BLS recently revealed that it had received two $1 million gifts, one from the Charitable Lead Annuity Trust of Louis Feil, father of Jeffrey J. Feil ‘73, and one from Dennis J. Block ‘67. In its press release, BLS reported that the Block gift “will support the Law School’s summer public service program for students who are interning with federal court judges.” Reached for comment, President Joan Wexler said the million-dollar gifts would become part of the school’s endowment and be used to pay current program expenses, such as academic scholarships and the unmet cost of the 2012 PSG. “We’re looking for support from friends [for programming and student aid],” said Wexler, “That’s what this was.” BLS has not yet worked out the program criteria of what might eventually be called the “Block Fellowship.”
Not the Only Option
Students who take at least six credits during the summer term can also apply for federal Grad PLUS loans to help make ends meet. Those taking fewer credits can sometimes apply for private education loans.
Asked about private summer loans, Attino hadn’t heard of any students taking on any for this summer. “It’s available, but [BLS] does not promote it.” Yet such loans “may be the only available financial resource when students do not qualify for the federal product,” she said. Private loans sometimes get a bad rap for falling outside regulation meant to protect borrowers and being ineligible for forgiveness and deferment, while also being difficult to discharge in bankruptcy.
Rather than attack private loans, Attino took aim at federal education policy: “Do you know that there is now no subsidized Grad Stafford? There is no reason students should be paying 6.8% when prime is 3.25%.” She added: “Students need to be aware of what’s out there. This office should be their lifeline.”
Disclosure: the author is a recipient of the BLSPI Fellowship and Equal Justice America Fellowship, and a member of the Equal Justice Works Summer Corps, for his work with the Bronx Defenders. He was previously awarded the Sparer Public Interest Law Fellowship and Revson Law Student Public Interest Fellowship for his work with South Brooklyn Legal Services.
Doing good at BLS just got a little harder. On Friday, January 13, Interim Dean Michael Gerber announced that for summer 2012, public service grants, which fund otherwise-unpaid legal internships in government and not-for-profits, will be cut to $3,000 from $5,000.
Many students’ summer legal internships with government and not-for-profit employers are unpaid. Few of these offices have the resources to pay interns a stipend, and some rely on unpaid interns to handle higher caseloads. Many BLS students who are financially independent rely on fellowship and grant programs to make ends meet during the summer, when federal student loans are ordinarily unavailable unless a student enrolls in summer courses for credit.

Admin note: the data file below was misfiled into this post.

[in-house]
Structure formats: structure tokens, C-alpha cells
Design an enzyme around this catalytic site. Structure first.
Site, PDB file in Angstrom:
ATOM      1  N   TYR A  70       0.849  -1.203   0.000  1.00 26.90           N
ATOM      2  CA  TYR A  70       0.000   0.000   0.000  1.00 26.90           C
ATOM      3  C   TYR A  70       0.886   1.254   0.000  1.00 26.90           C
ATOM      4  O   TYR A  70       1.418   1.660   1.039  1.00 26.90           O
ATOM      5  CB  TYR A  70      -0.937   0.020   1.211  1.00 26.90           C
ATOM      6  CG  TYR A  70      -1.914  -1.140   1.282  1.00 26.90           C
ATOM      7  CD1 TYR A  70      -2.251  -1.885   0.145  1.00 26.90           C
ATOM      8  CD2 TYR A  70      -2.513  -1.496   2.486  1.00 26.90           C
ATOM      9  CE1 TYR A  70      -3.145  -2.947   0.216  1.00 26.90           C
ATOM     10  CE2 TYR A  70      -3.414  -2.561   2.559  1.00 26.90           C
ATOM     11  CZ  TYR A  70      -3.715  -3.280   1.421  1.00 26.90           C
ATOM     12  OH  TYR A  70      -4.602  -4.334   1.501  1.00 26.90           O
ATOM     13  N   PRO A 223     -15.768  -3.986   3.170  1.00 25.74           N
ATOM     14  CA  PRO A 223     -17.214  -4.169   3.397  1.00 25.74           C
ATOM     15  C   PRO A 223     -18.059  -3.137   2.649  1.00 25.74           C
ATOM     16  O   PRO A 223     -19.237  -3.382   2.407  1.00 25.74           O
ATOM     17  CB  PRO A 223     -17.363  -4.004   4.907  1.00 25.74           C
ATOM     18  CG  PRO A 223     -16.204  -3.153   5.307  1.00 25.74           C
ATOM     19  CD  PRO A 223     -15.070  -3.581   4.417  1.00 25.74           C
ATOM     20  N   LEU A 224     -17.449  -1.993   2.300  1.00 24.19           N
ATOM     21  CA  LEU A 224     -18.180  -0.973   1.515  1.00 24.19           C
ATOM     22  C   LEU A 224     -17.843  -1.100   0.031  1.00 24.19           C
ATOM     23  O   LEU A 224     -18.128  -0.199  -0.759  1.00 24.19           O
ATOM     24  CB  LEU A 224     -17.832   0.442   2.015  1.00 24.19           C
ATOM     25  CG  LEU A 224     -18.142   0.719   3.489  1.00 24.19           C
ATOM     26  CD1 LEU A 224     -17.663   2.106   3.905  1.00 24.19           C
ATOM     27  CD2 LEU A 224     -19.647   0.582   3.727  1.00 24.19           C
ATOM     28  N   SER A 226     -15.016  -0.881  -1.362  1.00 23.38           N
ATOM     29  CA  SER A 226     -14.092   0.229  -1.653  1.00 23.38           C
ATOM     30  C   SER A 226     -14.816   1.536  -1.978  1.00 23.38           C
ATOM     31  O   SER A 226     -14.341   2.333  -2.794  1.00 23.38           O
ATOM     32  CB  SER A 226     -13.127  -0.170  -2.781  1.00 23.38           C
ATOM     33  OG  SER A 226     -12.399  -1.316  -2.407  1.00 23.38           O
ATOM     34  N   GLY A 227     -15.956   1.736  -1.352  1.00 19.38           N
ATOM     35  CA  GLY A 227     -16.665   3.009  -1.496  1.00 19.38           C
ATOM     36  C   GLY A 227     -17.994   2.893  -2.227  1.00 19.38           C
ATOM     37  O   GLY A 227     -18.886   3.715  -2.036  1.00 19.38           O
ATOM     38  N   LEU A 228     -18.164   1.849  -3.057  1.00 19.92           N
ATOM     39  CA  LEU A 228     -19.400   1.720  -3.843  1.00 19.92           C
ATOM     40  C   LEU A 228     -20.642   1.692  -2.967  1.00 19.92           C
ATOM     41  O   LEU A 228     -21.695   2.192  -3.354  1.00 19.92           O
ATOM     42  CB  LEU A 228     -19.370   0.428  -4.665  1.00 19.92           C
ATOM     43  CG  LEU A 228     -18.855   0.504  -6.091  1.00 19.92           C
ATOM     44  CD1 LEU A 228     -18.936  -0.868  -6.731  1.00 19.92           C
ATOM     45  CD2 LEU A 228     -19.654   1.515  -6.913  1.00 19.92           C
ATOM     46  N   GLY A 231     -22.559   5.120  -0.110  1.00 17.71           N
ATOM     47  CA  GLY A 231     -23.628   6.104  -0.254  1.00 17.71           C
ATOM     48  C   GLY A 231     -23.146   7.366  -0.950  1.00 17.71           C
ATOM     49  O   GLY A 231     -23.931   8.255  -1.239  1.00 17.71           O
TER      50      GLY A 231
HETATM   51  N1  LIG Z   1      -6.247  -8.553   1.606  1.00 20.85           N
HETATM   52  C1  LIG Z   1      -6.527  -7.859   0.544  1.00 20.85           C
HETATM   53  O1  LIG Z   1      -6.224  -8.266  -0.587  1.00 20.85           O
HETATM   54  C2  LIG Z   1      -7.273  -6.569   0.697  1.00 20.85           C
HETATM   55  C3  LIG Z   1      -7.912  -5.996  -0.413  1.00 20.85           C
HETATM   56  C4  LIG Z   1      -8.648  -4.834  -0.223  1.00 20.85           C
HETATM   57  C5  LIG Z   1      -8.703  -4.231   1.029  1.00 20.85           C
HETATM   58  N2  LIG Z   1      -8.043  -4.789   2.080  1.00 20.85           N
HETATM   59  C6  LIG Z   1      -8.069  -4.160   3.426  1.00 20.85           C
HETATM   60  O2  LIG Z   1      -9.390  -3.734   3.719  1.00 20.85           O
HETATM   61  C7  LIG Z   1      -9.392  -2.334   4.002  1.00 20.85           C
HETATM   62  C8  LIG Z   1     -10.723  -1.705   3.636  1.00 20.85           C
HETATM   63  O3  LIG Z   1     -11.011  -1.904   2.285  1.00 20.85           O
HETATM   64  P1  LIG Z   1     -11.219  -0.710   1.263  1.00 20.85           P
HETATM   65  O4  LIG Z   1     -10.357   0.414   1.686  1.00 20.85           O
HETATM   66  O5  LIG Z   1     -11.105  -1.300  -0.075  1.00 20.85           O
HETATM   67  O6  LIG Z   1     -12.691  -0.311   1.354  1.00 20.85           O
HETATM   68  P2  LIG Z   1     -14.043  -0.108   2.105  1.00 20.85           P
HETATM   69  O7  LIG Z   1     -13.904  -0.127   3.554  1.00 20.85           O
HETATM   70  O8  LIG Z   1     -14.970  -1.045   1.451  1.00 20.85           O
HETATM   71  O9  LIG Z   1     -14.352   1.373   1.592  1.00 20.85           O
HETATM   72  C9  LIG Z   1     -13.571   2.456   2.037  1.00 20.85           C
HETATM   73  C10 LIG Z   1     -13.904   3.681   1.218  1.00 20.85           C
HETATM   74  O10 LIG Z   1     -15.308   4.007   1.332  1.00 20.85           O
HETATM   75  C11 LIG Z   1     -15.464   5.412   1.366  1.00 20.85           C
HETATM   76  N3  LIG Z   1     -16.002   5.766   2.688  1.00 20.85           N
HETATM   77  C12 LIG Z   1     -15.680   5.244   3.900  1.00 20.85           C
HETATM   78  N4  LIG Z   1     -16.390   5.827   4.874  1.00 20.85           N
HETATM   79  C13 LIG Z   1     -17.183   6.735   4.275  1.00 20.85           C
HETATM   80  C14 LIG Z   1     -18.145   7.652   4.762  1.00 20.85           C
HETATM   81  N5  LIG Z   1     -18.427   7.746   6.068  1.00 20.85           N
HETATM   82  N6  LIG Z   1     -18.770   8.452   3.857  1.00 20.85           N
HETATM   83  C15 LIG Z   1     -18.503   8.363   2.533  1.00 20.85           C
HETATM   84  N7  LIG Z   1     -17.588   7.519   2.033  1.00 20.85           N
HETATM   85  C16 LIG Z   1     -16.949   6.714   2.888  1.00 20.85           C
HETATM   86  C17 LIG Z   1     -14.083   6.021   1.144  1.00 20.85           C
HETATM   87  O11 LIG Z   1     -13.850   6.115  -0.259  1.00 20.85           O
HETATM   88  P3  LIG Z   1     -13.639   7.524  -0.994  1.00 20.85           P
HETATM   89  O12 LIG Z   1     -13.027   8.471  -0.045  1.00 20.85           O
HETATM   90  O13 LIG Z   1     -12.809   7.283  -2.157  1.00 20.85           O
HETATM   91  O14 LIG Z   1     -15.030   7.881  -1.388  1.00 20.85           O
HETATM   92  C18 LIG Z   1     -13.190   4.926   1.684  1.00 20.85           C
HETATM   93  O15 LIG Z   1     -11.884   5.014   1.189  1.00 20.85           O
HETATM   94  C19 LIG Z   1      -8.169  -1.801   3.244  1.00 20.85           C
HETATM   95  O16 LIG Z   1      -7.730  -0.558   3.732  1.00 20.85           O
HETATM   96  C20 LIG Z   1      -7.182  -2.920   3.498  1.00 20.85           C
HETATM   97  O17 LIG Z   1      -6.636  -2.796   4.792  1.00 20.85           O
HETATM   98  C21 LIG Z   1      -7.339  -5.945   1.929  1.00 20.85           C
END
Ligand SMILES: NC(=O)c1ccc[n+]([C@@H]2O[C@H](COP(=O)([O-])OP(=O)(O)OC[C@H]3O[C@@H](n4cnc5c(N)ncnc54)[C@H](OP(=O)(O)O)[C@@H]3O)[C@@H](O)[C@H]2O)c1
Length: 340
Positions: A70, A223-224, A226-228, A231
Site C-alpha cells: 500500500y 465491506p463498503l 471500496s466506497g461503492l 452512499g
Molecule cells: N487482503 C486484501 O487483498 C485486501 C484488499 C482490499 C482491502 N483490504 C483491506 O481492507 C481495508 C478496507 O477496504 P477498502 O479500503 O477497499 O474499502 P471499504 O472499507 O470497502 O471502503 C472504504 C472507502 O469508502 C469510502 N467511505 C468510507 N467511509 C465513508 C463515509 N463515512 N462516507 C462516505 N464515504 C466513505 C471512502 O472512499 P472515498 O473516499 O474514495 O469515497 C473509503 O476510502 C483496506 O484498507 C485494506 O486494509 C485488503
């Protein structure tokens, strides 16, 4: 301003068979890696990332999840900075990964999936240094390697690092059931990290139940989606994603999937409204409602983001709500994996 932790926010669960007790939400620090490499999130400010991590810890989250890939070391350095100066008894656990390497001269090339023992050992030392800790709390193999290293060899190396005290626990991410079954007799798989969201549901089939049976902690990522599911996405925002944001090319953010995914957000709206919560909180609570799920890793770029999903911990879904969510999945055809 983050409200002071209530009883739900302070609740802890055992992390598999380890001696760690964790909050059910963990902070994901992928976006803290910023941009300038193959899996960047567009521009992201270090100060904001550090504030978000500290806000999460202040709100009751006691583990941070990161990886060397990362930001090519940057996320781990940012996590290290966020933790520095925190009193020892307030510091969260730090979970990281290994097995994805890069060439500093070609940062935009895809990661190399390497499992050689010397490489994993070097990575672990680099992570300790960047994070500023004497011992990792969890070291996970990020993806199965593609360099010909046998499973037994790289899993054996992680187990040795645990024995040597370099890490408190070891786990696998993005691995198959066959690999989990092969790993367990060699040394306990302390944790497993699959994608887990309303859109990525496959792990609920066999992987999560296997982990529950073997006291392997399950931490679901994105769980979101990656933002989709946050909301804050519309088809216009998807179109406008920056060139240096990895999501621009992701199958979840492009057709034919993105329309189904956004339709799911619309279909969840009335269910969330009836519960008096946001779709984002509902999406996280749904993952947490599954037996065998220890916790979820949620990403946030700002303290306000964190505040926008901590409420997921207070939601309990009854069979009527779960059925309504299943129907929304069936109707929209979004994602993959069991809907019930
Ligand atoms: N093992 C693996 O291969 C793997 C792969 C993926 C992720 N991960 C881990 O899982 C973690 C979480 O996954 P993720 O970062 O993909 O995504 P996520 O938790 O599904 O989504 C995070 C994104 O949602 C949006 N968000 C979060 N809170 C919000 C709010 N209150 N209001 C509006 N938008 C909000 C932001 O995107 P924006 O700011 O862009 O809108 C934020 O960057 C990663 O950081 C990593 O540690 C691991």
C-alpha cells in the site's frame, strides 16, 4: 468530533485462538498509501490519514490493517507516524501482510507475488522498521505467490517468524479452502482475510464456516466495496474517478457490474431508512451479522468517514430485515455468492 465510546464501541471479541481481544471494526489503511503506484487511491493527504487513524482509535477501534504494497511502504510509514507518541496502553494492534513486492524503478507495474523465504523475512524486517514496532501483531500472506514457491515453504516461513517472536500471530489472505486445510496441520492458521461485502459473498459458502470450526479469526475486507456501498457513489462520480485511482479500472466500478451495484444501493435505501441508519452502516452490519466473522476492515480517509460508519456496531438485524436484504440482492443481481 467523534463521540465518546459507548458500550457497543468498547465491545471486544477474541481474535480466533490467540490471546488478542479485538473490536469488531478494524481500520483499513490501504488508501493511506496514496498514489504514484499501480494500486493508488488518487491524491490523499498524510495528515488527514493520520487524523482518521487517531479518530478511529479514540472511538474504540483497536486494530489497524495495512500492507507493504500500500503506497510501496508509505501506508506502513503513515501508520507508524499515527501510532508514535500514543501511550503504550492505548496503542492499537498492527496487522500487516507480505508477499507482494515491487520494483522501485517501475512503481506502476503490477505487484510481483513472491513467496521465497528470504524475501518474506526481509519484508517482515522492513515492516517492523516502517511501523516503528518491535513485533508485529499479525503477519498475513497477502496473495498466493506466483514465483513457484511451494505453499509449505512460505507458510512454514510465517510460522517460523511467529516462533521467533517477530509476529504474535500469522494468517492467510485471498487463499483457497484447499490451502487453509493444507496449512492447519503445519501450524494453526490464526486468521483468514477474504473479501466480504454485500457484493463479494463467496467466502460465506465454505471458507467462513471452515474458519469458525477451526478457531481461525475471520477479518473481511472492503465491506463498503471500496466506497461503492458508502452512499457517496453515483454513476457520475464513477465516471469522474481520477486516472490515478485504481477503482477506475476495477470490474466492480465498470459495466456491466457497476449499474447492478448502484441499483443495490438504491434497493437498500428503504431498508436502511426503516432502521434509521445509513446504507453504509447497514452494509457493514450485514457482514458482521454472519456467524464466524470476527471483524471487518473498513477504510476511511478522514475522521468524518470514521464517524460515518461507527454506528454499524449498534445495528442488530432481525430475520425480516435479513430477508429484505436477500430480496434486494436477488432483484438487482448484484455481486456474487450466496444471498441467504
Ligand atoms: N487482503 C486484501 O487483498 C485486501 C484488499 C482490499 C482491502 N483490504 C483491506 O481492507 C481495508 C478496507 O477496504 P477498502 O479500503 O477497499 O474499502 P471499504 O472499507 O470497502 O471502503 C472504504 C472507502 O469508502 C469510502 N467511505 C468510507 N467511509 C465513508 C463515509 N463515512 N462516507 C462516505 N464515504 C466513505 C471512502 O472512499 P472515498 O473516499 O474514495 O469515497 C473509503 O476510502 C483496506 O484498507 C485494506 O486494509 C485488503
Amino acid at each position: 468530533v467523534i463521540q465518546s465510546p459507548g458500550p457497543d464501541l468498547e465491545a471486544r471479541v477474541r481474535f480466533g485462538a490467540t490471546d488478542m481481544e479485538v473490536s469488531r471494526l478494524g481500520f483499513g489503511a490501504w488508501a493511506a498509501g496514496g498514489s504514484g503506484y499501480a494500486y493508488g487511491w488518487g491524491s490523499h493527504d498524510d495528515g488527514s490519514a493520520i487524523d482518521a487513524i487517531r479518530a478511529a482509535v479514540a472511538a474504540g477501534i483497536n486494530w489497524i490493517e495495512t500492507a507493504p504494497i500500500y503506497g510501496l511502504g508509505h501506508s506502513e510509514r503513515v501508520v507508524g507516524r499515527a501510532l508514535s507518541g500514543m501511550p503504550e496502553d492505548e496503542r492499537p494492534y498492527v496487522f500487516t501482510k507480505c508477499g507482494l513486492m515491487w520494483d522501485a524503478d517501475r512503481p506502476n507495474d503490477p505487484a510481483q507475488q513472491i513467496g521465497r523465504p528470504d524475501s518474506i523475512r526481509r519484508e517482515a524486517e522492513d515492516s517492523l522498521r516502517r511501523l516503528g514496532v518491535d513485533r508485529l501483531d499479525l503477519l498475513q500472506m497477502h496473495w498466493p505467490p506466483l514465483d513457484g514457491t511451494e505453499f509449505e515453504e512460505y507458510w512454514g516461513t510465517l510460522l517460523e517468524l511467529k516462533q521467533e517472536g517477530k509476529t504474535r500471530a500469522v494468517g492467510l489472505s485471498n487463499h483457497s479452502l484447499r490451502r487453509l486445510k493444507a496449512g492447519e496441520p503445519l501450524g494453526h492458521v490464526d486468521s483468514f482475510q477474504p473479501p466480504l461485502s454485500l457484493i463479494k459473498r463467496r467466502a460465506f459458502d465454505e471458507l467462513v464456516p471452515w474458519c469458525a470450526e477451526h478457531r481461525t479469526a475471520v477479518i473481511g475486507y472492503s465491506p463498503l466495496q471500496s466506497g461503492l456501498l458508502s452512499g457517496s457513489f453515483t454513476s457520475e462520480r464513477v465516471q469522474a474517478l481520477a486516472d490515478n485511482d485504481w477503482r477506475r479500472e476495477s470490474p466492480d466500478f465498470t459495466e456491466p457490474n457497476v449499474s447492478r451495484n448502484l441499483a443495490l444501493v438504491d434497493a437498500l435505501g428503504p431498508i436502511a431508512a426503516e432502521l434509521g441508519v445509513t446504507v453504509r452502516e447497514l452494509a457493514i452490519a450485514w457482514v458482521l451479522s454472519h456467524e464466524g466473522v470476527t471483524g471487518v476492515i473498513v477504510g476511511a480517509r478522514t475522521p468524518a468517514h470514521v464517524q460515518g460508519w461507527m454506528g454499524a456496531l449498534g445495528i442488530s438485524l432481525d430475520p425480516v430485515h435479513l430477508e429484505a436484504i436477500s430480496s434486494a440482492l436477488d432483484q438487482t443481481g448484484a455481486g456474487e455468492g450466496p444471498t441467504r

The Public Service Grant program has consistently been popular among BLS students. More than 450 took advantage of the grants last summer by taking otherwise unpaid internships in judicial chambers, not-for-profit organizations such as the Innocence Project New Orleans, and government offices like the Securities and Exchange Commission.
Last spring, Dean Gerber all but promised that cuts to the popular program would take effect in 2012. The cuts were originally planned to affect Summer 2011 stipends, but the administration reversed course after students objected to the unfairness of announcing cuts after many had already finalized their summer plans.
“We will maintain the grant amount by using our entire FY 2012 federal work-study grant in the summer of 2011, as well as expending substantial additional Brooklyn Law School funds,” Interim Dean Gerber wrote at the time. “[I]t is difficult to predict what the structure of the program for summer 2012 will be, although it is certain to be substantially restructured and grants will almost certainly be reduced.”
Now, the hammer has fallen, and cuts have been announced. In his January 13, 2012 email, sent only to non-graduating students, Dean Gerber identified the reason for the cuts as “continued massive cuts in the Federal Work-Study funding that helps support our public service grant program.” Public service grants are funded in part by federal work-study funding, with Brooklyn Law School paying an unspecified portion from its operating budget. However, in 2009, according to its most recent public IRS tax return, work-study funds accounted for only $52,308 of school revenue.
“This choice strikes me as a failure of priorities of the highest order,” said SBA Secretary Erika Lorshbough, ’12. “The school absolutely squandered the chance to capitalize on its growing reputation as a public interest nexus by striking at the foundation of that development, which is support for students doing public interest work.”
Kristie LaSalle, ’12, who helped found the BLS Alliance for Transparency and Accountability (ATA) last spring, said that students were cut out of the loop again this time around. “Those of us who spoke with the administration last year on behalf of ATA learned about the changes to the PSG program when it was announced to the student body” on January 13, 2012. “We weren’t specifically contacted by the administration, either before or after the announcement, and we weren’t approached for our input or reaction.”